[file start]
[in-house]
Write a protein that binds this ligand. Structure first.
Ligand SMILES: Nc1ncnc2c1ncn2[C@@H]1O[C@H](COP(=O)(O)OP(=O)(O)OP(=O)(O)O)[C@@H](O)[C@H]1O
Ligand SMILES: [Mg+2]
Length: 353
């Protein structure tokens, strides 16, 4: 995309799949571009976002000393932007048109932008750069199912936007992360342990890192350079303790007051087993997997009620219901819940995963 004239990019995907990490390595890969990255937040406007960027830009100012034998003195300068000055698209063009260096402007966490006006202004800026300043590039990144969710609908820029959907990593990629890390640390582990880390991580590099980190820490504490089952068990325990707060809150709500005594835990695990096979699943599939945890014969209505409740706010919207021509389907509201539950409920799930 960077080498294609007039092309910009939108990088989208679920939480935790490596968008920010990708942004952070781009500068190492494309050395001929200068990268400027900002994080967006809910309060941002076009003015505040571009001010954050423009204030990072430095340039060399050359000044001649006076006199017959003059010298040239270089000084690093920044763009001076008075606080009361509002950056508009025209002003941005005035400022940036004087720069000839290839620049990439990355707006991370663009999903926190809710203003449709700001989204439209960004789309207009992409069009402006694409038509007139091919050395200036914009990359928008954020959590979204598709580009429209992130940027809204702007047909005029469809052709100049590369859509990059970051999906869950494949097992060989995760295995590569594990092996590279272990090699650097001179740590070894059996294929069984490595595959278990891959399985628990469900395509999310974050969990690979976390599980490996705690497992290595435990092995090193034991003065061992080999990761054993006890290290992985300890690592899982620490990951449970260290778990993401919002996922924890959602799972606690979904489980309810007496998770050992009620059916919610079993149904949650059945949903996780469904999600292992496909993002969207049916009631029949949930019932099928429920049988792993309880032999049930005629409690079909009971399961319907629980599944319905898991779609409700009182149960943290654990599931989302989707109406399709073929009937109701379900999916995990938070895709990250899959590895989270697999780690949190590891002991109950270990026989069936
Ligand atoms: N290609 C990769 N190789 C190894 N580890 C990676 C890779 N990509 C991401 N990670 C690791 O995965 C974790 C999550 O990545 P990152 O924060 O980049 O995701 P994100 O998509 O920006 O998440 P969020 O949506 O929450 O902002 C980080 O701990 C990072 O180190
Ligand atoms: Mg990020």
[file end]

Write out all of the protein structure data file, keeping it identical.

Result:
[in-house]
Write a protein that binds this ligand. Structure first.
Ligand SMILES: Nc1ncnc2c1ncn2[C@@H]1O[C@H](COP(=O)(O)OP(=O)(O)OP(=O)(O)O)[C@@H](O)[C@H]1O
Ligand SMILES: [Mg+2]
Length: 353
């Protein structure tokens, strides 16, 4: 995309799949571009976002000393932007048109932008750069199912936007992360342990890192350079303790007051087993997997009620219901819940995963 004239990019995907990490390595890969990255937040406007960027830009100012034998003195300068000055698209063009260096402007966490006006202004800026300043590039990144969710609908820029959907990593990629890390640390582990880390991580590099980190820490504490089952068990325990707060809150709500005594835990695990096979699943599939945890014969209505409740706010919207021509389907509201539950409920799930 960077080498294609007039092309910009939108990088989208679920939480935790490596968008920010990708942004952070781009500068190492494309050395001929200068990268400027900002994080967006809910309060941002076009003015505040571009001010954050423009204030990072430095340039060399050359000044001649006076006199017959003059010298040239270089000084690093920044763009001076008075606080009361509002950056508009025209002003941005005035400022940036004087720069000839290839620049990439990355707006991370663009999903926190809710203003449709700001989204439209960004789309207009992409069009402006694409038509007139091919050395200036914009990359928008954020959590979204598709580009429209992130940027809204702007047909005029469809052709100049590369859509990059970051999906869950494949097992060989995760295995590569594990092996590279272990090699650097001179740590070894059996294929069984490595595959278990891959399985628990469900395509999310974050969990690979976390599980490996705690497992290595435990092995090193034991003065061992080999990761054993006890290290992985300890690592899982620490990951449970260290778990993401919002996922924890959602799972606690979904489980309810007496998770050992009620059916919610079993149904949650059945949903996780469904999600292992496909993002969207049916009631029949949930019932099928429920049988792993309880032999049930005629409690079909009971399961319907629980599944319905898991779609409700009182149960943290654990599931989302989707109406399709073929009937109701379900999916995990938070895709990250899959590895989270697999780690949190590891002991109950270990026989069936
Ligand atoms: N290609 C990769 N190789 C190894 N580890 C990676 C890779 N990509 C991401 N990670 C690791 O995965 C974790 C999550 O990545 P990152 O924060 O980049 O995701 P994100 O998509 O920006 O998440 P969020 O949506 O929450 O902002 C980080 O701990 C990072 O180190
Ligand atoms: Mg990020």